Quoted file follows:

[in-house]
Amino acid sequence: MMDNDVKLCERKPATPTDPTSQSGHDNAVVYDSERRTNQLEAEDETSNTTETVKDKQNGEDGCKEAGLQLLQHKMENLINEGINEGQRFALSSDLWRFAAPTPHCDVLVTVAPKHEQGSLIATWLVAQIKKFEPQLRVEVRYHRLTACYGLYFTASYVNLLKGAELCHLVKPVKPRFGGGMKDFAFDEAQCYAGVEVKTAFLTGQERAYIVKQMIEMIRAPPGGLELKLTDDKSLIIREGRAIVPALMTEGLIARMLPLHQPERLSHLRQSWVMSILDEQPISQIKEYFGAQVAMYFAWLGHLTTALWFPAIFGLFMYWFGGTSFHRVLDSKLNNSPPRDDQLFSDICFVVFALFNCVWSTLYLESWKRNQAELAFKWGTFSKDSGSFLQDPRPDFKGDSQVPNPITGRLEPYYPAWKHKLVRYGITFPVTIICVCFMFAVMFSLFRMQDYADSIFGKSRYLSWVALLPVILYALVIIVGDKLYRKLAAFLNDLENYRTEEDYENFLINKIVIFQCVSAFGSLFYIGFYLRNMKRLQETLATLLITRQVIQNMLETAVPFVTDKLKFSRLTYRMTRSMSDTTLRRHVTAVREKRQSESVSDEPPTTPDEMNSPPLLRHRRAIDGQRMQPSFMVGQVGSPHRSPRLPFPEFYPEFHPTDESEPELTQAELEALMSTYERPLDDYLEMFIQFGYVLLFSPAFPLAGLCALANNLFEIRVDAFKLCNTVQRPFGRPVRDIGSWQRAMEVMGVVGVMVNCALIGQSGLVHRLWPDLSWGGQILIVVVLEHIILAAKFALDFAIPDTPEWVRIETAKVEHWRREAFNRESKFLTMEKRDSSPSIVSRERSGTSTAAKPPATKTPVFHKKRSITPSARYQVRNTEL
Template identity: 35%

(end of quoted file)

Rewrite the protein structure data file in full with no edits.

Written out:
[in-house]
Amino acid sequence: MMDNDVKLCERKPATPTDPTSQSGHDNAVVYDSERRTNQLEAEDETSNTTETVKDKQNGEDGCKEAGLQLLQHKMENLINEGINEGQRFALSSDLWRFAAPTPHCDVLVTVAPKHEQGSLIATWLVAQIKKFEPQLRVEVRYHRLTACYGLYFTASYVNLLKGAELCHLVKPVKPRFGGGMKDFAFDEAQCYAGVEVKTAFLTGQERAYIVKQMIEMIRAPPGGLELKLTDDKSLIIREGRAIVPALMTEGLIARMLPLHQPERLSHLRQSWVMSILDEQPISQIKEYFGAQVAMYFAWLGHLTTALWFPAIFGLFMYWFGGTSFHRVLDSKLNNSPPRDDQLFSDICFVVFALFNCVWSTLYLESWKRNQAELAFKWGTFSKDSGSFLQDPRPDFKGDSQVPNPITGRLEPYYPAWKHKLVRYGITFPVTIICVCFMFAVMFSLFRMQDYADSIFGKSRYLSWVALLPVILYALVIIVGDKLYRKLAAFLNDLENYRTEEDYENFLINKIVIFQCVSAFGSLFYIGFYLRNMKRLQETLATLLITRQVIQNMLETAVPFVTDKLKFSRLTYRMTRSMSDTTLRRHVTAVREKRQSESVSDEPPTTPDEMNSPPLLRHRRAIDGQRMQPSFMVGQVGSPHRSPRLPFPEFYPEFHPTDESEPELTQAELEALMSTYERPLDDYLEMFIQFGYVLLFSPAFPLAGLCALANNLFEIRVDAFKLCNTVQRPFGRPVRDIGSWQRAMEVMGVVGVMVNCALIGQSGLVHRLWPDLSWGGQILIVVVLEHIILAAKFALDFAIPDTPEWVRIETAKVEHWRREAFNRESKFLTMEKRDSSPSIVSRERSGTSTAAKPPATKTPVFHKKRSITPSARYQVRNTEL
Template identity: 35%